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Is the rising market for healthy food global in scope, or rather provincial?

Is the Rising Market for Healthy Food Global in Scope, or Rather Provincial?

By now, frozen food industry executives should have made up their minds about the question at the head of this report. The research and the editorial reports are decisive. Yet, when did you last say that people always give up on slimming? When did you last point with scorn at over indulgence in Western countries, while stuffing your face with fish and chips, hamburgers and cream cakes? When did you last hanker for a dish of French fries while the rest of the family daintily drank a Slim fast shake or peeled an apple?

Come on, now! When did opinions published in the daily newspapers cause CEOs or managing directors to set aside a new production line for low calorie meals, or launch an advertising campaign based on health concerns? Most of us are guilty of double standards where our own appetites are concerned; yet, frozen food people should remember that there was once a time when freezing was dismissed as the work of the devil.

Public opinion about health is certainly mixed different parts of the world, which may account for the different level of performance among frozen food companies. In America and Britain, the marketing of healthy entrees has created a new segment which some players dismiss (with a note of pique) as non-existent or confused. Others long for the dear old simple days when all you had to do to secure a presence in the frozen food market was to pack peas, hamburgers or fish fingers.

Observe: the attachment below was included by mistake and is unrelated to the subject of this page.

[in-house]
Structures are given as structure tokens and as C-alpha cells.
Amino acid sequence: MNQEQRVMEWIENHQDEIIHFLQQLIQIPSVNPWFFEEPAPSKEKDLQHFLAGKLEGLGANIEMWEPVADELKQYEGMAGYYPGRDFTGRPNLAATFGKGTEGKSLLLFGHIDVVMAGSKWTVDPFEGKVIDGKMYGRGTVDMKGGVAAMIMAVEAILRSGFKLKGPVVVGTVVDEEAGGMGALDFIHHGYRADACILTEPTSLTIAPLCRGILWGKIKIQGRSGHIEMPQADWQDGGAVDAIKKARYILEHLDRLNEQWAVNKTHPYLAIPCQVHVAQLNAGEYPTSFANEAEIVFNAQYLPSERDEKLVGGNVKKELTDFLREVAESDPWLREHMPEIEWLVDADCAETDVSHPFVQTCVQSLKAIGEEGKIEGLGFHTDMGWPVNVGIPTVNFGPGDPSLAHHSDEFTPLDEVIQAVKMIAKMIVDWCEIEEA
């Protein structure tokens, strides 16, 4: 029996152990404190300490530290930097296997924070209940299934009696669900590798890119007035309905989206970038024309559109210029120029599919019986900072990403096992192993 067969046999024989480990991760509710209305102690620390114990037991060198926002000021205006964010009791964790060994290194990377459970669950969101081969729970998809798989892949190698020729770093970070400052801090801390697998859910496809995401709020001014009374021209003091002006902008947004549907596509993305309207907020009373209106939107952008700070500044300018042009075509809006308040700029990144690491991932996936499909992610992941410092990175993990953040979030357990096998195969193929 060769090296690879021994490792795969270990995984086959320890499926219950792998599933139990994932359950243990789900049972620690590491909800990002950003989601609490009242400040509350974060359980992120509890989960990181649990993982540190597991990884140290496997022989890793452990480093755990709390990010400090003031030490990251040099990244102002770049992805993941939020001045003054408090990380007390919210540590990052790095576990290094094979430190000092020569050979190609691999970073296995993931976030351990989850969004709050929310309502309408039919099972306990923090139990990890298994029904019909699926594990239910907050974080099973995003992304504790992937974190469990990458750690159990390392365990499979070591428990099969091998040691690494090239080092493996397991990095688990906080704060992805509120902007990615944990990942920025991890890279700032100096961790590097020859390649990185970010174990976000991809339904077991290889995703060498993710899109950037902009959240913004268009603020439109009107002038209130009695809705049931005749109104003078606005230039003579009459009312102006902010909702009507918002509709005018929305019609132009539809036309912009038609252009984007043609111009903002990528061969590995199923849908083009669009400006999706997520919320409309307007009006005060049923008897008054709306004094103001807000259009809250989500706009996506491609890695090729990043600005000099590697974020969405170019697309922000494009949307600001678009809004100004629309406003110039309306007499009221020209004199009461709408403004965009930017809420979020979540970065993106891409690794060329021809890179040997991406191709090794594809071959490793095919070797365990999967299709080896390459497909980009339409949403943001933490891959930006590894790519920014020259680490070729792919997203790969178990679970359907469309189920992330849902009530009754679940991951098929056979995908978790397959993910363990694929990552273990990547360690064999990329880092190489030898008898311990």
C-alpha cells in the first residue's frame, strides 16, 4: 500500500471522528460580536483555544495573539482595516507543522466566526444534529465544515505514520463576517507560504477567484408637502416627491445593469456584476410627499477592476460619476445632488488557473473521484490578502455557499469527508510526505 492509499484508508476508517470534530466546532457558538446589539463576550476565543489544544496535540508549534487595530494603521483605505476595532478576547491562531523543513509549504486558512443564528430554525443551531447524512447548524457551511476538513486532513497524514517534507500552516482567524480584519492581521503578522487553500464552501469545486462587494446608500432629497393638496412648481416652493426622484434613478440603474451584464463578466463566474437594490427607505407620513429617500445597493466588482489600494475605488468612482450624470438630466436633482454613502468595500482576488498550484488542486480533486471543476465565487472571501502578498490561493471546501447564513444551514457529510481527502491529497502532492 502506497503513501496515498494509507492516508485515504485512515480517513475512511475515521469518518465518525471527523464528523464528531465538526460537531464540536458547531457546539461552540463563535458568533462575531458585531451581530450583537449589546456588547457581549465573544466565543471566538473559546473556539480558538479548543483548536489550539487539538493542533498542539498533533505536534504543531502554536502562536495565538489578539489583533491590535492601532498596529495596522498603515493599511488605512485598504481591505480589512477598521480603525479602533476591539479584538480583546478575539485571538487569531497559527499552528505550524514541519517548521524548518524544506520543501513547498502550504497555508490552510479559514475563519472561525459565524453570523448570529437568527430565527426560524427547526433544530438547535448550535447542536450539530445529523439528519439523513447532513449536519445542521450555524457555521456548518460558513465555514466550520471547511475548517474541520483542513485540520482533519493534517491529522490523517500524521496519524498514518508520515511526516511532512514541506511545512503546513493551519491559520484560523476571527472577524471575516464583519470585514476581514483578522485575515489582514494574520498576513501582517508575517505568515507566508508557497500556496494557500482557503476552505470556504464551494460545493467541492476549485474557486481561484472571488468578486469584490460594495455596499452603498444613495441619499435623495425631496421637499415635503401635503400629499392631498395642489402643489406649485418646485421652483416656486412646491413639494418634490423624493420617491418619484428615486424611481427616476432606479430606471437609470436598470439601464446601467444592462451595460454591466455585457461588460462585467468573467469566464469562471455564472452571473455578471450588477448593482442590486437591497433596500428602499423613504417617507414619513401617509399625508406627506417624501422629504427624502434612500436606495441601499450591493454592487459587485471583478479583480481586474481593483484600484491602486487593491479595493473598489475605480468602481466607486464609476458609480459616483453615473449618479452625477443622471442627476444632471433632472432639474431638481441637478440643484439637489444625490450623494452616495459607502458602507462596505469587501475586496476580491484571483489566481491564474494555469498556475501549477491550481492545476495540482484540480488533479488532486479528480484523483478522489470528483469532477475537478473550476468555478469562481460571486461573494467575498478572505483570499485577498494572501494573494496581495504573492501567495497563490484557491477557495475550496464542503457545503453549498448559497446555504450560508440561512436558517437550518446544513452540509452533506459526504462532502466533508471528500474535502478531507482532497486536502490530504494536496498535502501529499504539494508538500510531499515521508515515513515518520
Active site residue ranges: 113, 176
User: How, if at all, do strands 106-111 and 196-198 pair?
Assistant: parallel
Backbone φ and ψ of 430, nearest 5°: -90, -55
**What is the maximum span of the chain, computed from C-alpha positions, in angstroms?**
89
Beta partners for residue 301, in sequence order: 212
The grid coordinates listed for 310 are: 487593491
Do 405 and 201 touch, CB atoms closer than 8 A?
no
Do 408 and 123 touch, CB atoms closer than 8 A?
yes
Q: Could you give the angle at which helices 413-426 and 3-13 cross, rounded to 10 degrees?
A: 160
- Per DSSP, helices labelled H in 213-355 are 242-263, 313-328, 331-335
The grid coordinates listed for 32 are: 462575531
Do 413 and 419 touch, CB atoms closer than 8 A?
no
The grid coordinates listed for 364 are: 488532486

The one certainty that comes back from every piece of research and from every new product launch is that health is the biggest single issue of the '90s, whether environmental health or personal health. Being fat may be unsocial, but being on your way into hospital for open heart surgery is just no sensible. The public knows that, in America and Britain anyway.

The Surgeon General's 1988 Report on Nutrition and Health opened the floodgates in the United States, but the new legislation signed by President George Bush last November focuses a spotlight on every pack on every supermarket shelf.

In Britain, the issue has had the same sort of coverage, but the editorial is not as well informed or as persistent. In America, though, one can hardly pick up a newspaper or watch television without learning of something new about cholesterol, blood pressure, food, fiber or heart surgery. Even the commercial have picked up on the difference between HDL's and LDL's.

Slimming is no longer the big thing, even though most food companies carry calorie information on packs as a matter of course. Many even try for a 300-calorie claim on the front. What customers do with this information is something else, of course, but what the food manufacturers do can be observed and analyzed.

On breakfast cereal shelves in the US in the past 10 years brands and styles have proliferated, and the amount of space given to the category has quadrupled. Spreads re-positioned themselves in the health market year ago. Fleischmann is strong in low cholesterol claims, as is Kraft, but the prize must go to Lever Bros. whose "I Can't Believe It's Not Butter" is not only a brand name, but a clear product statement. Only Kellogg's on the cereal shelves has come near it with Heartwise, which is touted as a "natural, multi-grain psyllium cereal."

ConAgra Sets FF Pace

In the frozen food case, the trend setter was ConAgra with Healthy Choice entrees, followed by Weight Watchers, Stouffer's Right Choice and Budget Gourmet. And let's not overlook the growing number of soft yogurt products, of which Elan is perhaps the most notable.